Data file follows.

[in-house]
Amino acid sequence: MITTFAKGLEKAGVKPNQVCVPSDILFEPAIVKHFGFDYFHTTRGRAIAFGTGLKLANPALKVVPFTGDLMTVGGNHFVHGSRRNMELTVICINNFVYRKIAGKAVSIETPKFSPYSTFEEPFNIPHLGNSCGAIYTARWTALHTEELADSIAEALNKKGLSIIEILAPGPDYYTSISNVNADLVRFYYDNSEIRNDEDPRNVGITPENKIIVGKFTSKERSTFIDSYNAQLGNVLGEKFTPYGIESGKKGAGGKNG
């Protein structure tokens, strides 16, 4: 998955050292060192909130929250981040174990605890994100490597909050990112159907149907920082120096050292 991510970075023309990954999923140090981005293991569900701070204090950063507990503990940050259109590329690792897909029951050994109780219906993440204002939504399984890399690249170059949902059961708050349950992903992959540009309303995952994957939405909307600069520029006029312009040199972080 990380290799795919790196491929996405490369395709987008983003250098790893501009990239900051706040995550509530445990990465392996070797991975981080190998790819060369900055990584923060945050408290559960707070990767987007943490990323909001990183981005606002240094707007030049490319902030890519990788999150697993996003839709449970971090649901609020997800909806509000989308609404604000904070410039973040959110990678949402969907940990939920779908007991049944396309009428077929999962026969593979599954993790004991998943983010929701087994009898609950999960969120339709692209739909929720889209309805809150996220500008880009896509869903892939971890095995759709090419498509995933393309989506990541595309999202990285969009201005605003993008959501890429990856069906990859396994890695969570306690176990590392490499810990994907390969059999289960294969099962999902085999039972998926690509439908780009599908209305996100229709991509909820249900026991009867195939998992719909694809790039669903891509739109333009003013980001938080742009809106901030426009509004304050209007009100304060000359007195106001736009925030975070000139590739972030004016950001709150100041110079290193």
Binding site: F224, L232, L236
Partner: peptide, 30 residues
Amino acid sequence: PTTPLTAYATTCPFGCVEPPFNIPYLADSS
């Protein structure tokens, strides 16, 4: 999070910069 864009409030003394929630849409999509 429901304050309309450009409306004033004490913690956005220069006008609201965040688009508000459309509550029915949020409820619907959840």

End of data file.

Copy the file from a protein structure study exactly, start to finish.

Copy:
[in-house]
Amino acid sequence: MITTFAKGLEKAGVKPNQVCVPSDILFEPAIVKHFGFDYFHTTRGRAIAFGTGLKLANPALKVVPFTGDLMTVGGNHFVHGSRRNMELTVICINNFVYRKIAGKAVSIETPKFSPYSTFEEPFNIPHLGNSCGAIYTARWTALHTEELADSIAEALNKKGLSIIEILAPGPDYYTSISNVNADLVRFYYDNSEIRNDEDPRNVGITPENKIIVGKFTSKERSTFIDSYNAQLGNVLGEKFTPYGIESGKKGAGGKNG
């Protein structure tokens, strides 16, 4: 998955050292060192909130929250981040174990605890994100490597909050990112159907149907920082120096050292 991510970075023309990954999923140090981005293991569900701070204090950063507990503990940050259109590329690792897909029951050994109780219906993440204002939504399984890399690249170059949902059961708050349950992903992959540009309303995952994957939405909307600069520029006029312009040199972080 990380290799795919790196491929996405490369395709987008983003250098790893501009990239900051706040995550509530445990990465392996070797991975981080190998790819060369900055990584923060945050408290559960707070990767987007943490990323909001990183981005606002240094707007030049490319902030890519990788999150697993996003839709449970971090649901609020997800909806509000989308609404604000904070410039973040959110990678949402969907940990939920779908007991049944396309009428077929999962026969593979599954993790004991998943983010929701087994009898609950999960969120339709692209739909929720889209309805809150996220500008880009896509869903892939971890095995759709090419498509995933393309989506990541595309999202990285969009201005605003993008959501890429990856069906990859396994890695969570306690176990590392490499810990994907390969059999289960294969099962999902085999039972998926690509439908780009599908209305996100229709991509909820249900026991009867195939998992719909694809790039669903891509739109333009003013980001938080742009809106901030426009509004304050209007009100304060000359007195106001736009925030975070000139590739972030004016950001709150100041110079290193």
Binding site: F224, L232, L236
Partner: peptide, 30 residues
Amino acid sequence: PTTPLTAYATTCPFGCVEPPFNIPYLADSS
């Protein structure tokens, strides 16, 4: 999070910069 864009409030003394929630849409999509 429901304050309309450009409306004033004490913690956005220069006008609201965040688009508000459309509550029915949020409820619907959840």